Rooney Center Seminar Series: "The Political Development of American Debt Relief" with Chloe Thurston and featuring Joe Soss


Location: 1030 Jenkins Nanovic Halls

Chloe Thurston

Professor Thurston's research is on American political development, political economy, and public policy, with a particular interest in how politics and public policy shape market inequalities along the lines of race and gender. She is the author of At the Boundaries of Homeownership: Credit, Discrimination and the American State (Cambridge University Press, 2018), her research has been published in Studies in American Political Development; Politics, Groups, and Identities; and the Journal of Public Policy, and commentaries have appeared in The Daily Beast, Ms., and The Monkey Cage (Washington Post), among others.

Thurston is currently working on two projects related to the politics of credit, debt, and asset inequality in the U.S. The first of these (joint with Emily Zackin) examines the rise and fall of a protective debt relief regime in the United States. The second examines the political economy asset and wealth inequality following key civil rights reforms in the 1960s and 1970s.

Thurston received her B.A. in economics and political science from Johns Hopkins University, and her M.A. and Ph.D. in political science from the University of California, Berkeley. In 2019-2020, she was a member of the School of Social Sciences at the Institute for Advanced Study in Princeton.


Professor Thurston will be joined by Professor Joe Soss.


Joe Soss is the inaugural Cowles Chair for the Study of Public Service at the University of Minnesota, where he holds faculty positions in the Hubert H. Humphrey School of Public Affairs, the Department of Political Science, and the Department of Sociology. His research and teaching explore the interplay of democratic politics, societal inequalities, and public policy. He is particularly interested in the political sources and consequences of policies that govern social marginality and shape life conditions for socially marginal groups. His coauthored book, Disciplining the Poor: Neoliberal Paternalism and the Persistent Power of Race (2011), was selected for the 2012 Michael Harrington Award (APSA, New Political Science) and the 2012 Oliver Cromwell Cox Award (ASA, Section on Racial and Ethnic Minorities), the 2012 CHOICE Outstanding Academic Title Award (American Library Association), and the 2015 Herbert Simon Award (APSA, Section on Public Administration). In 2010, he received the campus-wide Outstanding Faculty Award from the University of Minnesota's Council of Graduate Students (COGS). In 2013-14, he served as Dale T. Mortensen Senior Fellow at the Aarhus Institute of Advanced Studies, Aarhus University, Denmark. In 2016, Professor Soss was honored with the University's campus-wide award for outstanding contributions to graduate education, named a Distinguished University Teaching Professor, and inducted into the UMN Academy of Distinguished Teachers. Outside his academic work, Soss is an active musician and recently released an album, The Sound of Sweet Ruin.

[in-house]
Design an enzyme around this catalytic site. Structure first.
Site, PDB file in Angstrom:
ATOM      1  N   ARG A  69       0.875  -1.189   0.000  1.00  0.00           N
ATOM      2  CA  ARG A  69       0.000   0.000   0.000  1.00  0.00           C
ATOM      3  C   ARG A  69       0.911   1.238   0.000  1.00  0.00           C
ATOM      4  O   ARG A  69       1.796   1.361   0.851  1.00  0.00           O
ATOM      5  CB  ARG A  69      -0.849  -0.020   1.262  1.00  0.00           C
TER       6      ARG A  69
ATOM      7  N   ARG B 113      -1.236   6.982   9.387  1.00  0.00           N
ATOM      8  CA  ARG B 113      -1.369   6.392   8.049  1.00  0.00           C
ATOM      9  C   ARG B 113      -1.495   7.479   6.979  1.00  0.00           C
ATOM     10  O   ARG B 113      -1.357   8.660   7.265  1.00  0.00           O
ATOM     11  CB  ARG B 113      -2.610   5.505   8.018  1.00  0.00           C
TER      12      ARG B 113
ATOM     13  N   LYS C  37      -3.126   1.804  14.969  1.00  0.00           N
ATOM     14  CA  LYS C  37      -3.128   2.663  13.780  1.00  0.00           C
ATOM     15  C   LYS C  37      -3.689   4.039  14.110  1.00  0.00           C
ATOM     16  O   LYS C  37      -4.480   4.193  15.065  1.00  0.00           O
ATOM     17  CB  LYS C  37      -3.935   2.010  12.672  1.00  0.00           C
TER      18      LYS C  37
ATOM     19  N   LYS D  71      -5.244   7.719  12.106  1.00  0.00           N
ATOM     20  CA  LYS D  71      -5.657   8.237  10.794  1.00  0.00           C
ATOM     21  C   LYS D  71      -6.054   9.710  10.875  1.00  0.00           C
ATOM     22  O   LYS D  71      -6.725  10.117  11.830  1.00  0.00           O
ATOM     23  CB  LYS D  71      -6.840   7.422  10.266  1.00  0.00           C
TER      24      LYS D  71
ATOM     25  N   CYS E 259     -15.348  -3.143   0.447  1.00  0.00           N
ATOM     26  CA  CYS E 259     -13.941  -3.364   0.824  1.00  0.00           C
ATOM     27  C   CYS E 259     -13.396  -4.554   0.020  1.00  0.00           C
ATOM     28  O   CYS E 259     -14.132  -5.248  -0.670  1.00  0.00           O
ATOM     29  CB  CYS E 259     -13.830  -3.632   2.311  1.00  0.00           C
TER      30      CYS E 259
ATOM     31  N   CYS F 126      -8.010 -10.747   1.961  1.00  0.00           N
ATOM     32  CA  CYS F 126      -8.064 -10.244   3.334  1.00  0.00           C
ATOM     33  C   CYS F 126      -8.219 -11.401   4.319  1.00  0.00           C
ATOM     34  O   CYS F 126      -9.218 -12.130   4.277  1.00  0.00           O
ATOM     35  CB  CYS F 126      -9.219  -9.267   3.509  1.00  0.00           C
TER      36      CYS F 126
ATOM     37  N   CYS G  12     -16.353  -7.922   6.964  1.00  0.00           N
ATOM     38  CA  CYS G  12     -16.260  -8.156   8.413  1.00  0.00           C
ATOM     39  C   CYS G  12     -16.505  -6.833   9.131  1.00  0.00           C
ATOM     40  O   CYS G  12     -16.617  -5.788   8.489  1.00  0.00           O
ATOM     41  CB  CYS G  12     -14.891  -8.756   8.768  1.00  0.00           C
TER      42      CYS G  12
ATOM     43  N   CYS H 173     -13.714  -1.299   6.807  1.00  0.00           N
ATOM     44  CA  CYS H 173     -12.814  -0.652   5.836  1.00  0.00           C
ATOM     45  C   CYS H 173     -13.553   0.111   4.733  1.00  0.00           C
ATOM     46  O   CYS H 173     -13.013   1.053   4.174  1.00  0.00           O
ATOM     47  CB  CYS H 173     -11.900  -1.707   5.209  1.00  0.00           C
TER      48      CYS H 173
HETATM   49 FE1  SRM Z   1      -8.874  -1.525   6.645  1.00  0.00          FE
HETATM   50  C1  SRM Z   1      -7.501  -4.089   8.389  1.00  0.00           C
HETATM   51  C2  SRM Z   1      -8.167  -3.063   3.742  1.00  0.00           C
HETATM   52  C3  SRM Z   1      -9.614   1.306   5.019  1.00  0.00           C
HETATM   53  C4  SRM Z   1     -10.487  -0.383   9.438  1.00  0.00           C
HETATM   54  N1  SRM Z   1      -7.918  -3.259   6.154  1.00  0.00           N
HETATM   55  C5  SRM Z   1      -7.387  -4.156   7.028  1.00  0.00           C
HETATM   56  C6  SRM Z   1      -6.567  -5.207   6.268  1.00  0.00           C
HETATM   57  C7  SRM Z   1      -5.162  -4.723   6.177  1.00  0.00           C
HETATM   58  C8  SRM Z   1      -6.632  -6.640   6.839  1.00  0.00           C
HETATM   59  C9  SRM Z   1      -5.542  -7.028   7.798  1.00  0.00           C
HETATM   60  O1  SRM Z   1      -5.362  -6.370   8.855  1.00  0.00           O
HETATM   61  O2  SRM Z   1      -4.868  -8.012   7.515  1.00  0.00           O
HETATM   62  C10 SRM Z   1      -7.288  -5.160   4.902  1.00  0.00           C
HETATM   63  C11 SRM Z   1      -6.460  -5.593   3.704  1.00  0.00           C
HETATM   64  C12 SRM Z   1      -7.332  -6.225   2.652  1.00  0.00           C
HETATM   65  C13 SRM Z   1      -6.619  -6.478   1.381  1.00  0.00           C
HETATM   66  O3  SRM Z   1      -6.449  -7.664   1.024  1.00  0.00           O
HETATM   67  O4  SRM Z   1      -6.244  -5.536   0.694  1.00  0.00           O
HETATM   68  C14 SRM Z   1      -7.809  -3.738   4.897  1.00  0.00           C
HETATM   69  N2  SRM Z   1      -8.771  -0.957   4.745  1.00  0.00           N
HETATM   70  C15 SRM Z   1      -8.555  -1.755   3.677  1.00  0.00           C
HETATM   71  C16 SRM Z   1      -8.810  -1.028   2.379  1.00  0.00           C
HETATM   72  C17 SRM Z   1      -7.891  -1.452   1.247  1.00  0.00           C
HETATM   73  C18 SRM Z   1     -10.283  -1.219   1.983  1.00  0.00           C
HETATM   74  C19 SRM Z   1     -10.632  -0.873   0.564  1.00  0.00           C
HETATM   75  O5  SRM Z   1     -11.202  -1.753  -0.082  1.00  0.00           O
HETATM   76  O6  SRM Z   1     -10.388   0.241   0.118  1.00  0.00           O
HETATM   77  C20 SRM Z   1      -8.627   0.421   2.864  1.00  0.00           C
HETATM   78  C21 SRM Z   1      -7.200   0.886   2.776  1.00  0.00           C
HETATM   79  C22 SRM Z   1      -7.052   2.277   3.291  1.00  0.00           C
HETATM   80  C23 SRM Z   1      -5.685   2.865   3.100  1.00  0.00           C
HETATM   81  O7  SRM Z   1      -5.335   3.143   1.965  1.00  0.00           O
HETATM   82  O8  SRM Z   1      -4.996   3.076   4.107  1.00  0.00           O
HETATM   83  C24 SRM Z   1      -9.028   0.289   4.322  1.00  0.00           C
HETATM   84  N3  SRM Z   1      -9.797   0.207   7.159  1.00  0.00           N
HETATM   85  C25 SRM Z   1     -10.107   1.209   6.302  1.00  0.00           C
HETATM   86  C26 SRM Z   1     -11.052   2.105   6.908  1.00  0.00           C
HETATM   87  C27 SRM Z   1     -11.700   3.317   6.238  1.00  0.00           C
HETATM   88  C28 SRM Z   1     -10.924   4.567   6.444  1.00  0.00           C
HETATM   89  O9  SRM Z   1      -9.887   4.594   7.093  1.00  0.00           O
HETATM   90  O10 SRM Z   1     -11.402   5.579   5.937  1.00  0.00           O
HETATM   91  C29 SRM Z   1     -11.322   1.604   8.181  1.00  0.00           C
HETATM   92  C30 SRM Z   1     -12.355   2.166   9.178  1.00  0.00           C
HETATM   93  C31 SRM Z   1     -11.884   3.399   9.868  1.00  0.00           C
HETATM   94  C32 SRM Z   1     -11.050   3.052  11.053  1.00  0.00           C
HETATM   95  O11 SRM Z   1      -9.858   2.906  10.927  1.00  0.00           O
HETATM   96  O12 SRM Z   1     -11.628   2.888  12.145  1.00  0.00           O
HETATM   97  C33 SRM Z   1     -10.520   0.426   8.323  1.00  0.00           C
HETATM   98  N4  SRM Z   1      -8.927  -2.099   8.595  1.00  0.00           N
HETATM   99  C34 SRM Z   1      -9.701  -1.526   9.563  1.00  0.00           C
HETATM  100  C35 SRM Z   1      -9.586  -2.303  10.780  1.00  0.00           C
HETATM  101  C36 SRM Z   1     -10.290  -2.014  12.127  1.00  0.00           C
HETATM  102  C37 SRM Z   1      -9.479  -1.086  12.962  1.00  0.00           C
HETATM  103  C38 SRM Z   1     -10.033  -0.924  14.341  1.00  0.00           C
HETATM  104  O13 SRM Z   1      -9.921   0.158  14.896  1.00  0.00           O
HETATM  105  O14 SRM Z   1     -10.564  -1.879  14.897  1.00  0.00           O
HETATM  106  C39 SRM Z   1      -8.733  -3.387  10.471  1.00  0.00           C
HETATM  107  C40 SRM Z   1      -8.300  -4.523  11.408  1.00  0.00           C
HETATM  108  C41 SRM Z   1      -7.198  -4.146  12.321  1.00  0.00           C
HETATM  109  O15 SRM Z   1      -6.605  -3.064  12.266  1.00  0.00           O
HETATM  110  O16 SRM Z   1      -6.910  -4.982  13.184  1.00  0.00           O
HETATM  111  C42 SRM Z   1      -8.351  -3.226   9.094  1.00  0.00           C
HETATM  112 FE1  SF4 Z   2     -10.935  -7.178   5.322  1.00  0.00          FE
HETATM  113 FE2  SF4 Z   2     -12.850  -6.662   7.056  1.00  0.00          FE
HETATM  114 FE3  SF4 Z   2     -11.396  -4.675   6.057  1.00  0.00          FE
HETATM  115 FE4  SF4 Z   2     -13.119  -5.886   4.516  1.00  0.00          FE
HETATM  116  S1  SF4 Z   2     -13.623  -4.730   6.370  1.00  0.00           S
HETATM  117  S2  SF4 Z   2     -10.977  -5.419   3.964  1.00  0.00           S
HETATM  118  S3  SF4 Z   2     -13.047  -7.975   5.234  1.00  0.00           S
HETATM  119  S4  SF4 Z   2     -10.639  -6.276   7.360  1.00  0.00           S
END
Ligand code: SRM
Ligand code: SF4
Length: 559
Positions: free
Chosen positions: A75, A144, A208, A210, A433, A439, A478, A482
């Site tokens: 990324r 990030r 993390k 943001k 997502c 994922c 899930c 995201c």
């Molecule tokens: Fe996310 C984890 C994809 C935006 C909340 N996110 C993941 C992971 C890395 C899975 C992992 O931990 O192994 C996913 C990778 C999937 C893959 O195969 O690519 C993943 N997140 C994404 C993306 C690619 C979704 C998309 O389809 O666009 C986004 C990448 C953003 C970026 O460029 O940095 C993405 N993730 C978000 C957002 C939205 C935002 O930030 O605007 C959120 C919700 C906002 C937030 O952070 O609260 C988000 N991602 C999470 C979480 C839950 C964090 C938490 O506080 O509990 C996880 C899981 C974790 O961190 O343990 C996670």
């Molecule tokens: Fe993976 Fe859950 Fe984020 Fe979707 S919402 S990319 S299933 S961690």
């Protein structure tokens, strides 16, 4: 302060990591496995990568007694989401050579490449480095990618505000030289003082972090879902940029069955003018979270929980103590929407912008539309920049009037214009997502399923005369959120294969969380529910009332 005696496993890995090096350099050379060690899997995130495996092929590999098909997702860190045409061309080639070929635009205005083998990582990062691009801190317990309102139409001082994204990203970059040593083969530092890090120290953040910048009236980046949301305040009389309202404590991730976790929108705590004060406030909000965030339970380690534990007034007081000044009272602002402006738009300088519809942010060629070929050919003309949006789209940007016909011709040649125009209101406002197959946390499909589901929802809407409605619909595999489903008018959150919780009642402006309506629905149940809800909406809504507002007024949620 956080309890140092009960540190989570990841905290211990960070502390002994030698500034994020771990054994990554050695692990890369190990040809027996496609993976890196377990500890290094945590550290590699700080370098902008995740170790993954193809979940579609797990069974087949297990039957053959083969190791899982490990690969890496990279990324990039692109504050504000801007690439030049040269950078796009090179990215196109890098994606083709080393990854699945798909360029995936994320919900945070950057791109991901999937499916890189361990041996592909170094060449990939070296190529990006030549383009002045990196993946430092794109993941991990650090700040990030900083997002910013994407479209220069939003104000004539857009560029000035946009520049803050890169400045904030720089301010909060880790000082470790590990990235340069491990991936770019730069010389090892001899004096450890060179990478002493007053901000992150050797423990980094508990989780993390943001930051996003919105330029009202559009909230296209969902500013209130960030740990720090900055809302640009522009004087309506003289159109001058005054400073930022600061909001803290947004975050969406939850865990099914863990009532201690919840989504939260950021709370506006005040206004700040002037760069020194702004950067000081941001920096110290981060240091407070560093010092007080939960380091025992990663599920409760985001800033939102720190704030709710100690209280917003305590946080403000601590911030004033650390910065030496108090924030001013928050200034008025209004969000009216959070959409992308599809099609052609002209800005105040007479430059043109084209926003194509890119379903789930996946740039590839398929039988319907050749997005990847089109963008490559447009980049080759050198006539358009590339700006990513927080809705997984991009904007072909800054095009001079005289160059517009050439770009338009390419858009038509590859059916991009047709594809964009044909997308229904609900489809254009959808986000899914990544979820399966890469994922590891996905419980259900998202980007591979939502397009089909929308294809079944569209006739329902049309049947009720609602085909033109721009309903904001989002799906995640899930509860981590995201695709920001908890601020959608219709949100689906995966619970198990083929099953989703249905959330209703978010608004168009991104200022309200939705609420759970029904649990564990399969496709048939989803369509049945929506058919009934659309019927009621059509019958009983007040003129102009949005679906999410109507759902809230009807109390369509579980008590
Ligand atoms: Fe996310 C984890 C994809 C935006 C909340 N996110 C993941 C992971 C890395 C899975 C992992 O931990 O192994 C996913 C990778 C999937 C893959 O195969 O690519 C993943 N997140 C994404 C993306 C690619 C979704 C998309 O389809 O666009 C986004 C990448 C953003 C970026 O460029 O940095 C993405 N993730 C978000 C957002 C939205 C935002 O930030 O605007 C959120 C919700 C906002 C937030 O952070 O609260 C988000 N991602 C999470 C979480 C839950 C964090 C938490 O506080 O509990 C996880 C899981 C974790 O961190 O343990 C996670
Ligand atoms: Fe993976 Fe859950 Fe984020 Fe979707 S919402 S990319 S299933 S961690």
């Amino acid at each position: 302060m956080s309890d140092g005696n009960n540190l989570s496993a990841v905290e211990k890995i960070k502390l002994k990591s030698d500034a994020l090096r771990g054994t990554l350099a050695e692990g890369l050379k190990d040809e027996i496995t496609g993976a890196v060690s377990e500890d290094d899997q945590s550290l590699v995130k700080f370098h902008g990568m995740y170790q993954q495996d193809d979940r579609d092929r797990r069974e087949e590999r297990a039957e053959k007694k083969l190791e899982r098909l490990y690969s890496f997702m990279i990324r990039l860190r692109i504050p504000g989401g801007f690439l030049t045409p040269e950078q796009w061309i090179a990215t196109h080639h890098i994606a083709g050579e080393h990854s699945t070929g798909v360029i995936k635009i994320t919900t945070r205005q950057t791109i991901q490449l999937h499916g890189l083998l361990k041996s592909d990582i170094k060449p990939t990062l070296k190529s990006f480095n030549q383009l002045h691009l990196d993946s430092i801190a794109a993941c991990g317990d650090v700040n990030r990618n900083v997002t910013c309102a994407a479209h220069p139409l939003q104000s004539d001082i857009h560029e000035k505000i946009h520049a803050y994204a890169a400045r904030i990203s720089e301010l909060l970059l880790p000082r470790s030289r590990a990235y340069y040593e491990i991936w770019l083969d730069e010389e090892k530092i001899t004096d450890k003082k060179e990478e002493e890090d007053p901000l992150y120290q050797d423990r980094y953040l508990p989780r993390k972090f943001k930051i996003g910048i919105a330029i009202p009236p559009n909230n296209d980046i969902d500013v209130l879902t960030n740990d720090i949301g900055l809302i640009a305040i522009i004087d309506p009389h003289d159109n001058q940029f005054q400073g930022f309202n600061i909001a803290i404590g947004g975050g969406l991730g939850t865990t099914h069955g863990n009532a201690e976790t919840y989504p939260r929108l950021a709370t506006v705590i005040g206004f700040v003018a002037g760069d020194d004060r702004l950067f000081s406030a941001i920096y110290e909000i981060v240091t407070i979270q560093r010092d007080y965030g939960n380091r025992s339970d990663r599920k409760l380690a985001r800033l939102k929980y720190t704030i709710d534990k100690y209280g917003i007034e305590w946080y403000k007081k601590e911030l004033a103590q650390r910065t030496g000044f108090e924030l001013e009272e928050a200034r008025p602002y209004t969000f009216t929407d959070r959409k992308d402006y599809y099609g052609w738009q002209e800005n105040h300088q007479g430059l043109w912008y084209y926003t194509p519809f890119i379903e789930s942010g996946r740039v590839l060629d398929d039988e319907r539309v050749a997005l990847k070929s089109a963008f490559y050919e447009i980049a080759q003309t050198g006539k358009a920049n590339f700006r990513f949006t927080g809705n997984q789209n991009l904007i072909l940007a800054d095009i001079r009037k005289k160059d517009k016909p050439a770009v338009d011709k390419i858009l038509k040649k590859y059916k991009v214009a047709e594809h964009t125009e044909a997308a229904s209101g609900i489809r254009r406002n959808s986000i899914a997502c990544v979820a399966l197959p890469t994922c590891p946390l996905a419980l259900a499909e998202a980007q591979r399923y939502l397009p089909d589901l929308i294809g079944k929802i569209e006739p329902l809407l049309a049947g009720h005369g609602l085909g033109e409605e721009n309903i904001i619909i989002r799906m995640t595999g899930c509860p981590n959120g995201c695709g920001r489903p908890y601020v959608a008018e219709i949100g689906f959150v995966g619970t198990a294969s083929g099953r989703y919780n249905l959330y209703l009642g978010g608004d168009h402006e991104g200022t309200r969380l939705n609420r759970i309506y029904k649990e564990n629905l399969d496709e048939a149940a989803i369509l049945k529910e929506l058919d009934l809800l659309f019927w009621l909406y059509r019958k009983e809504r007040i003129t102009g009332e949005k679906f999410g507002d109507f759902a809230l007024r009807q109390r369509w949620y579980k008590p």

This is an academic research talk intended for Notre Dame faculty, staff, and grad students. This event will not be open to the public.